Story Killers (Part 2): “Team Jorge”–In the Heart of a Global Disinformation Machine
MEDIA, 20 Feb 2023
Cécile Andrzejewski | Forbidden Stories/Story Killers – TRANSCEND Media Service
In Part 2 of the “Story Killers” project, the Forbidden Stories consortium investigated an ultra-secret Israeli company involved in manipulating elections and hacking African politicians. We took an unprecedented dive into a world where troll armies, cyber espionage and influencers are intertwined.
15 Feb 2023 – “Things don’t necessarily have to be true, as long as they are believed” is a quote that could be attributed to many philosophers, but instead originates from a man named Alexander Nix. If his name is unfamiliar, the company he ran is not: Cambridge Analytica.
In 2018, the eponymous scandal revealed how the British company acquired the personal data of nearly 87 million Facebook users to influence voters on “an industrial scale.” The company, which sold its services in some 60 states—from the Iranian regime to the Malaysian national oil company—is accused of manipulating numerous elections; it contributed to Donald Trump’s 2016 victory in the US and the Brexit vote in England. When the affair made headlines, the name Cambridge Analytica became synonymous with disinformation worldwide.
However, not everything about this scandal has been revealed. Some of the most feared culprits inside this world have managed to hide in the shadows, among them mysterious Israeli hacking experts. Brittany Kaiser, the company’s former development director and one of the now-famous whistleblowers in the scandal, described the hackers as a team in charge of “opposition research.” In anonymous testimonies published in the British press in 2018, former employees describe “Israeli hackers” barging into the company’s offices with USB drives loaded with what appeared to contain hacked private emails of politicians. “People panicked, they wanted nothing to do with it,” a former employee told the Guardian at the time. According to the Guardian’s reporting, these “hackers offered personal data about future Nigerian president and future PM of St Kitts and Nevis.”
The Cambridge Analytica scandal revealed the existence and methods of these mysterious hackers. But until now, the press has been unable to pierce the anonymity of these shady “opposition researchers” or attribute them to a company. When he refers to “Israeli black ops” in an internal e-mail, Nix mentions neither an identity nor a company name. Instead, he designates an alias for the boss of this ultra-secret entity: “Jorge.”
For over six months, Forbidden Stories and its partners followed Jorge’s trail. In this parallel market of disinformation, companies—both official and underground—have become masters in the art of manipulating reality and diffusing misleading stories. Continuing the work of Gauri Lankesh, an Indian journalist murdered in 2017 who investigated disinformation and “lie factories,” the “Story Killers” project penetrated an industry that uses every weapon at its disposal to manipulate the media and public opinion at the expense of information and democracy.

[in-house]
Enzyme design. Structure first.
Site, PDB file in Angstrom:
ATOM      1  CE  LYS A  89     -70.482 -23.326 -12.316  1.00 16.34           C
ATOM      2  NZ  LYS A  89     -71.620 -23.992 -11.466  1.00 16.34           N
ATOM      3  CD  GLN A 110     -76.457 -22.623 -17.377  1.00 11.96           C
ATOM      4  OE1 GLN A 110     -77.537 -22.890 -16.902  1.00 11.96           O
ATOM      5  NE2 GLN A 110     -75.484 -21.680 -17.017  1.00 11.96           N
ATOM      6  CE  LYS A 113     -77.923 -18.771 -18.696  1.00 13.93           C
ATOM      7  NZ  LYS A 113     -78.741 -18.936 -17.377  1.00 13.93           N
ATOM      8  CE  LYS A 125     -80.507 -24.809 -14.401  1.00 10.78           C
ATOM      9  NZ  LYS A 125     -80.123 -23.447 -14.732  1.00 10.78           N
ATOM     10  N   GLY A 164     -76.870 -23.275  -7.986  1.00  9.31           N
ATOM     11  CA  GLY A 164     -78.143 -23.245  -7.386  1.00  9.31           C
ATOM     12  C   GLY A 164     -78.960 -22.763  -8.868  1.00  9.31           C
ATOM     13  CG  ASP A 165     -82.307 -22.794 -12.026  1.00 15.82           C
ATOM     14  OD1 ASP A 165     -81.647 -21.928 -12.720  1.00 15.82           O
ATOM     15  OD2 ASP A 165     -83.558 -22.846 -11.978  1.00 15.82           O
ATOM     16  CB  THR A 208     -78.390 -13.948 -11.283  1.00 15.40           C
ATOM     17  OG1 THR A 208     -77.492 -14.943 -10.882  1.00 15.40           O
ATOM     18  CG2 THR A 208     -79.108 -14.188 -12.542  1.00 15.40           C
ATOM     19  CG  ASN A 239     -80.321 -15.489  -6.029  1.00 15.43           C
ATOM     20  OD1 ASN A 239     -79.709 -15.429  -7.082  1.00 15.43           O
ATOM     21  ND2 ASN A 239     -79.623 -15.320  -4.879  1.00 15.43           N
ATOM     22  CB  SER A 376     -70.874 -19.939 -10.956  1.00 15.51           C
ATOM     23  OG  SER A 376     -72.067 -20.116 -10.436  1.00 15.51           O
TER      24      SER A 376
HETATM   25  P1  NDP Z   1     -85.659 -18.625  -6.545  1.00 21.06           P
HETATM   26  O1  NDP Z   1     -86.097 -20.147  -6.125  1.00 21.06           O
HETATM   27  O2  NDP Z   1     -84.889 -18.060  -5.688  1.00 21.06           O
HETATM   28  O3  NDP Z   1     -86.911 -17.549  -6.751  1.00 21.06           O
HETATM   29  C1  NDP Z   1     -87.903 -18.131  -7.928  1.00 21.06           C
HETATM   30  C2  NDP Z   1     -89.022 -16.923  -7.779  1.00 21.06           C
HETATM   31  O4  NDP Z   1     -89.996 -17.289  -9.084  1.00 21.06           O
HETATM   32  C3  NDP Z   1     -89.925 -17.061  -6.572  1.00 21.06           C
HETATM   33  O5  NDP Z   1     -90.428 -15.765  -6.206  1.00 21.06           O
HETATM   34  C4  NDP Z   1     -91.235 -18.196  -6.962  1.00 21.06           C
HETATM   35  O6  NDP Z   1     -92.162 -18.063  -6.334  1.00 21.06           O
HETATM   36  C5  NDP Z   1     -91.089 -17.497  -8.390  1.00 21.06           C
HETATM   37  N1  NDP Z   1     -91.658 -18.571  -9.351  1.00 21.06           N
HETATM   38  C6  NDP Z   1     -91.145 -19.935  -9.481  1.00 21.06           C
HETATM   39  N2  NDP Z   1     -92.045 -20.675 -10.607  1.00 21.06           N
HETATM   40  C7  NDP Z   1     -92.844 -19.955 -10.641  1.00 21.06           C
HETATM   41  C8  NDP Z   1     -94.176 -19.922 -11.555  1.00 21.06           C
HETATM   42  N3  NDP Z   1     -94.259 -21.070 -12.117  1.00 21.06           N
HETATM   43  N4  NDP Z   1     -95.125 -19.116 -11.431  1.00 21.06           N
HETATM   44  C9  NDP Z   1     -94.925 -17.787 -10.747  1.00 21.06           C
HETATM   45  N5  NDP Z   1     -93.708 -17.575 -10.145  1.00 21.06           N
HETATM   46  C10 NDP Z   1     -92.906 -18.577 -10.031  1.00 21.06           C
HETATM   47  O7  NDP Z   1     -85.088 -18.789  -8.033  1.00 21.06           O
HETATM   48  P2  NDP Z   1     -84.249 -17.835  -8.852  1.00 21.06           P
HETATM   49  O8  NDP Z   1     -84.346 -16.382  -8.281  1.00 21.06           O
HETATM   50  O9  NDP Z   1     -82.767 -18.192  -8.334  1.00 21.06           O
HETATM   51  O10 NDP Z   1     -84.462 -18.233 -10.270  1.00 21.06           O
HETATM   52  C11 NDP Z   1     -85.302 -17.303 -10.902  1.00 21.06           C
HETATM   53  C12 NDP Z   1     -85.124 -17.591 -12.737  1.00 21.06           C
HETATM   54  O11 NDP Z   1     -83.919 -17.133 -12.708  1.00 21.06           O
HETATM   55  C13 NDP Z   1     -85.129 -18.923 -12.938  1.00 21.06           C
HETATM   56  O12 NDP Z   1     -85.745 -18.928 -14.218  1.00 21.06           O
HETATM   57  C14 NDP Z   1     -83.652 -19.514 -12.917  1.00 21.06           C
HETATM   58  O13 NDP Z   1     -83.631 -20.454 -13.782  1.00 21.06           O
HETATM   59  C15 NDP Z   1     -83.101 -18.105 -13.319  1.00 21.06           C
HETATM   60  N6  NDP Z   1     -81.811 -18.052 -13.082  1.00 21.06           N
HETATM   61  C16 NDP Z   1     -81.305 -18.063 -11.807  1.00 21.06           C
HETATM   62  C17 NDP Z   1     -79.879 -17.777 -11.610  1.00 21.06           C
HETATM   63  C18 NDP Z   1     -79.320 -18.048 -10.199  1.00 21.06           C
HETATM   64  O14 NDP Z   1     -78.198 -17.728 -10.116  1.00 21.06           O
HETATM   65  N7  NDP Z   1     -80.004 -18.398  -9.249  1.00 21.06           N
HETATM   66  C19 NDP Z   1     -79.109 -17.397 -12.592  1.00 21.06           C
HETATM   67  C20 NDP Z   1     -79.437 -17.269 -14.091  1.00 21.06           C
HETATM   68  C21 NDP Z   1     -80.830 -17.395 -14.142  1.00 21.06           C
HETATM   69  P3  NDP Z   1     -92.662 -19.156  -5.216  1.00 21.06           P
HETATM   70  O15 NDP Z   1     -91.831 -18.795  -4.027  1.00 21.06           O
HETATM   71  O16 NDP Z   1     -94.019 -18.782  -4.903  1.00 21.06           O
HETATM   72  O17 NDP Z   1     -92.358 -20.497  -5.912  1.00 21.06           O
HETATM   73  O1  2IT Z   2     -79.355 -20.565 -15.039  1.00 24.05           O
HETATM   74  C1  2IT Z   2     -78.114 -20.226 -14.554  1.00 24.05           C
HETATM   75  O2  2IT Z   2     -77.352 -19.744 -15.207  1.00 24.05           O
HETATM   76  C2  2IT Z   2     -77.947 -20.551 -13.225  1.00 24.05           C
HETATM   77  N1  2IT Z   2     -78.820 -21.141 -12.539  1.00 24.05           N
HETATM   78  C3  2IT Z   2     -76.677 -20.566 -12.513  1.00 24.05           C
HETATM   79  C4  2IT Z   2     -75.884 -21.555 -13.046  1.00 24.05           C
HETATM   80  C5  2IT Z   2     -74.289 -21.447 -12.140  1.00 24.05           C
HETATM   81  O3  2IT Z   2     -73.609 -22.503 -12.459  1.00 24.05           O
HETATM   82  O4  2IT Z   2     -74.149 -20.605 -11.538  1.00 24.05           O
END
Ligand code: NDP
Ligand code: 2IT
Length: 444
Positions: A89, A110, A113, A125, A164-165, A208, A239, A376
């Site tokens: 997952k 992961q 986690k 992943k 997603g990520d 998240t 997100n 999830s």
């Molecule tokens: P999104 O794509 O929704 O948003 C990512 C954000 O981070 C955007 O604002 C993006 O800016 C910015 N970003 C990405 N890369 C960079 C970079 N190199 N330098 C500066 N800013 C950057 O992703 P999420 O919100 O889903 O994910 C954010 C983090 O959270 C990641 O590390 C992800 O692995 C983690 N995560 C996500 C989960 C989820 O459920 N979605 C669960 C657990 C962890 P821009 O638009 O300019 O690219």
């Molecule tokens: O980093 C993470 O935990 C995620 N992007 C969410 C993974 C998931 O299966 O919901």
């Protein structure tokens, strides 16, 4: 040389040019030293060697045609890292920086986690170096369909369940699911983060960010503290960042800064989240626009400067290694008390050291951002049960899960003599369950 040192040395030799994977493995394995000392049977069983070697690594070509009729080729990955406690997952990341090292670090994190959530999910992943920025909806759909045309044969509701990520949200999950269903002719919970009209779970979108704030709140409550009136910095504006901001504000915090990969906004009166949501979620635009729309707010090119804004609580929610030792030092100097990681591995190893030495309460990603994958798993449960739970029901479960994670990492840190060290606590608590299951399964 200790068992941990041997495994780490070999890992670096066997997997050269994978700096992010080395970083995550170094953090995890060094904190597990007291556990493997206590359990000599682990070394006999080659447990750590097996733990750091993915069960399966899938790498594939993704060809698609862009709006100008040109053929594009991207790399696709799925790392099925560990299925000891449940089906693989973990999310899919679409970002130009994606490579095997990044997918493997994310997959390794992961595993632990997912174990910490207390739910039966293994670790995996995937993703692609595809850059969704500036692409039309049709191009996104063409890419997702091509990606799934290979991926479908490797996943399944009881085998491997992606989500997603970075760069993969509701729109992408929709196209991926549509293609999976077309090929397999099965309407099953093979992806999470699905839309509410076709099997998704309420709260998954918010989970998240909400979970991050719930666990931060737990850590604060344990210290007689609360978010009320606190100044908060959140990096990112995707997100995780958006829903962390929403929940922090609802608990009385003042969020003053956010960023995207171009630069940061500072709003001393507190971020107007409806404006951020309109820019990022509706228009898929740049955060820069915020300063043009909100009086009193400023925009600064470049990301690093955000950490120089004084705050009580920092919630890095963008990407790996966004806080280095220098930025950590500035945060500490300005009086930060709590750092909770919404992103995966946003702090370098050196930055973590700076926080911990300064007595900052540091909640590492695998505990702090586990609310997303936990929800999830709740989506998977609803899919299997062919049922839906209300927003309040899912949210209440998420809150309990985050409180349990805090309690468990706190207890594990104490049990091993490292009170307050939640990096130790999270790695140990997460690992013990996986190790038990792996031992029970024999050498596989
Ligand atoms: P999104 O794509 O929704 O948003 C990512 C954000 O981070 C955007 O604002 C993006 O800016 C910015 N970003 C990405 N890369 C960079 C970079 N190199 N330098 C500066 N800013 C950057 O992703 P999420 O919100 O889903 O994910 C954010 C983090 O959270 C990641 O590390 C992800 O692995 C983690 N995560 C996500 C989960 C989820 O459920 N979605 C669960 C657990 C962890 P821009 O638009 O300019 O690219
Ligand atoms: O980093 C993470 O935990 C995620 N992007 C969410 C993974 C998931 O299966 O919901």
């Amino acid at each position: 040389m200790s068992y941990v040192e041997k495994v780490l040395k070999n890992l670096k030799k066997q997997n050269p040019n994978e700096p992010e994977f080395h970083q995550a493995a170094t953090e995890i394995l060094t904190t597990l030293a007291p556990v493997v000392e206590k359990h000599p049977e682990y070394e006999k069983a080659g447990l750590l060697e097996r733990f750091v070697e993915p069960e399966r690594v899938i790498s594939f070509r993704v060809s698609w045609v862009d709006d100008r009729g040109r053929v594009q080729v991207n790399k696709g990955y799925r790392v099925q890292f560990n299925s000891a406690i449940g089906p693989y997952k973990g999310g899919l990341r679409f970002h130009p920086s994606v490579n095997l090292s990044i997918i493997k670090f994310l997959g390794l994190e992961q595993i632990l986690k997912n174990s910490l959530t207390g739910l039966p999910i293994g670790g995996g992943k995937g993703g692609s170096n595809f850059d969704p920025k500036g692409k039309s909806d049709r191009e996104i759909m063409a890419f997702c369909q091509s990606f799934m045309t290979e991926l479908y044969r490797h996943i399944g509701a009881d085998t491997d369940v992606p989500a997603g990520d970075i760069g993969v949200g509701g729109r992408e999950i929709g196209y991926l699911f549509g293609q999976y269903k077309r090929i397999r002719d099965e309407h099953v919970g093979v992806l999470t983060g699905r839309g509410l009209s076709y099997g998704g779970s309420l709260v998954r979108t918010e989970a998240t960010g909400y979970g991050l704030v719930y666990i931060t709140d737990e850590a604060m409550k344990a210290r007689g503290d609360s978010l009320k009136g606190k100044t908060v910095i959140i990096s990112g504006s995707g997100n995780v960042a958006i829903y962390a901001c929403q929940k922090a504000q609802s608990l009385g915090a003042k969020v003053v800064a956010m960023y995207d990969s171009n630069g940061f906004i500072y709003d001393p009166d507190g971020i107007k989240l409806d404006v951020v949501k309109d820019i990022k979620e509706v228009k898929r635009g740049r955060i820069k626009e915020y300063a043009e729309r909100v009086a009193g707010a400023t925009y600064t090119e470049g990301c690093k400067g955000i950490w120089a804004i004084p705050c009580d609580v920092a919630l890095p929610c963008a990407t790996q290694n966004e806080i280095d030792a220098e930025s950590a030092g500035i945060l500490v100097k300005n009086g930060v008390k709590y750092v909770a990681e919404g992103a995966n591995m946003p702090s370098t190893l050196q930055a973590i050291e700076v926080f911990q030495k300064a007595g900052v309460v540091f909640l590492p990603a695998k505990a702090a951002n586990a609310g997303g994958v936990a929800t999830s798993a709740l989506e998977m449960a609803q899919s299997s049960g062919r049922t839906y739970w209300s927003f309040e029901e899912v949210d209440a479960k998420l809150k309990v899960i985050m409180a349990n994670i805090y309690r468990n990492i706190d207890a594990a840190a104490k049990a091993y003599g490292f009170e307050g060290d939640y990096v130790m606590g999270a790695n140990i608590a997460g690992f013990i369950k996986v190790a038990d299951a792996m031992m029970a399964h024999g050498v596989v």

Almost five years after the Cambridge Analytica scandal, journalists from the Forbidden Stories consortium managed to identify and track down Jorge. Using dubious methods, the Israeli “consultant” still goes by this same pseudonym and continues to sell his influence and manipulation services to the highest bidder. His tools, though, have since adapted to the latest technological developments: artificial intelligence now writes on-demand viral posts and the remote hacking of Telegram accounts has enriched his catalog of services.
In the summer of 2022, a potential client, presenting himself as a representative for an African leader hoping to postpone, or even cancel, an election, asked Jorge for a demonstration. The job, Jorge told him, would cost some 6 million euros. During several Zoom discussions, Jorge maintained his anonymity.
What “Jorge” didn’t know is that the man on his screen was not an intermediary, nor did he work in Africa. He was, in fact, a journalist from Radio France and was soon joined by colleagues from TheMarker and Haaretz, reporters who are members of the Story Killers project.
“33 presidential campaigns, 27 of which were successful”
Between July and December 2022, journalists posing as clients attended several meetings with Jorge: three online and one in his office in Israel. The consortium decided it was in the public interest to go undercover, which was the only method to gain access to this closed world and obtain evidence of global manipulation. To reach Jorge, reporters needed to pass through a series of intermediaries, from former intelligence officers to communications and security experts. This method presented an otherwise-impossible opportunity to discuss Jorge’s manipulation services–“mainly intelligence and influence,” he said–and attend live demonstrations. Apart from the “technological” “capacities” Jorge presented, he explained how to “build a narrative,” which he could then propagate with an impressive range of services: bot networks, false information, and hacking of opponents.